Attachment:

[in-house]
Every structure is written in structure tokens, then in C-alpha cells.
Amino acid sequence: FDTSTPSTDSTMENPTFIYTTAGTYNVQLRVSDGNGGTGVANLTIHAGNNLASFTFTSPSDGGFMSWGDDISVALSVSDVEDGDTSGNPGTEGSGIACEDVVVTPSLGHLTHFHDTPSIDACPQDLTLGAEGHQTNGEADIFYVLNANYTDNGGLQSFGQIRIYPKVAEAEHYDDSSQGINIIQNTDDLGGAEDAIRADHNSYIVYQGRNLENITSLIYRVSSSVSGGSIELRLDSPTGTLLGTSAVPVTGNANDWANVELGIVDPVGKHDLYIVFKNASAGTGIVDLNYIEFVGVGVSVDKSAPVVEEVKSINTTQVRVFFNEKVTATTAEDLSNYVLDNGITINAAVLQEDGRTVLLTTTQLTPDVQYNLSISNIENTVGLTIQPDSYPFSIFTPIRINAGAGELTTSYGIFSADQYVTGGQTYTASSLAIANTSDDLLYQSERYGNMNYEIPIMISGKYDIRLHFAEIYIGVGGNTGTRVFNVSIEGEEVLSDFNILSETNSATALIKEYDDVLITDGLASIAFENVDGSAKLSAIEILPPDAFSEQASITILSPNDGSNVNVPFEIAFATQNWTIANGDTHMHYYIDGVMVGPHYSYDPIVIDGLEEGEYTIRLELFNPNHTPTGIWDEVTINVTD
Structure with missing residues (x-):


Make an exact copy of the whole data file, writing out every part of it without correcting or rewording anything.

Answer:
[in-house]
Every structure is written in structure tokens, then in C-alpha cells.
Amino acid sequence: FDTSTPSTDSTMENPTFIYTTAGTYNVQLRVSDGNGGTGVANLTIHAGNNLASFTFTSPSDGGFMSWGDDISVALSVSDVEDGDTSGNPGTEGSGIACEDVVVTPSLGHLTHFHDTPSIDACPQDLTLGAEGHQTNGEADIFYVLNANYTDNGGLQSFGQIRIYPKVAEAEHYDDSSQGINIIQNTDDLGGAEDAIRADHNSYIVYQGRNLENITSLIYRVSSSVSGGSIELRLDSPTGTLLGTSAVPVTGNANDWANVELGIVDPVGKHDLYIVFKNASAGTGIVDLNYIEFVGVGVSVDKSAPVVEEVKSINTTQVRVFFNEKVTATTAEDLSNYVLDNGITINAAVLQEDGRTVLLTTTQLTPDVQYNLSISNIENTVGLTIQPDSYPFSIFTPIRINAGAGELTTSYGIFSADQYVTGGQTYTASSLAIANTSDDLLYQSERYGNMNYEIPIMISGKYDIRLHFAEIYIGVGGNTGTRVFNVSIEGEEVLSDFNILSETNSATALIKEYDDVLITDGLASIAFENVDGSAKLSAIEILPPDAFSEQASITILSPNDGSNVNVPFEIAFATQNWTIANGDTHMHYYIDGVMVGPHYSYDPIVIDGLEEGEYTIRLELFNPNHTPTGIWDEVTINVTD
Structure with missing residues (x-):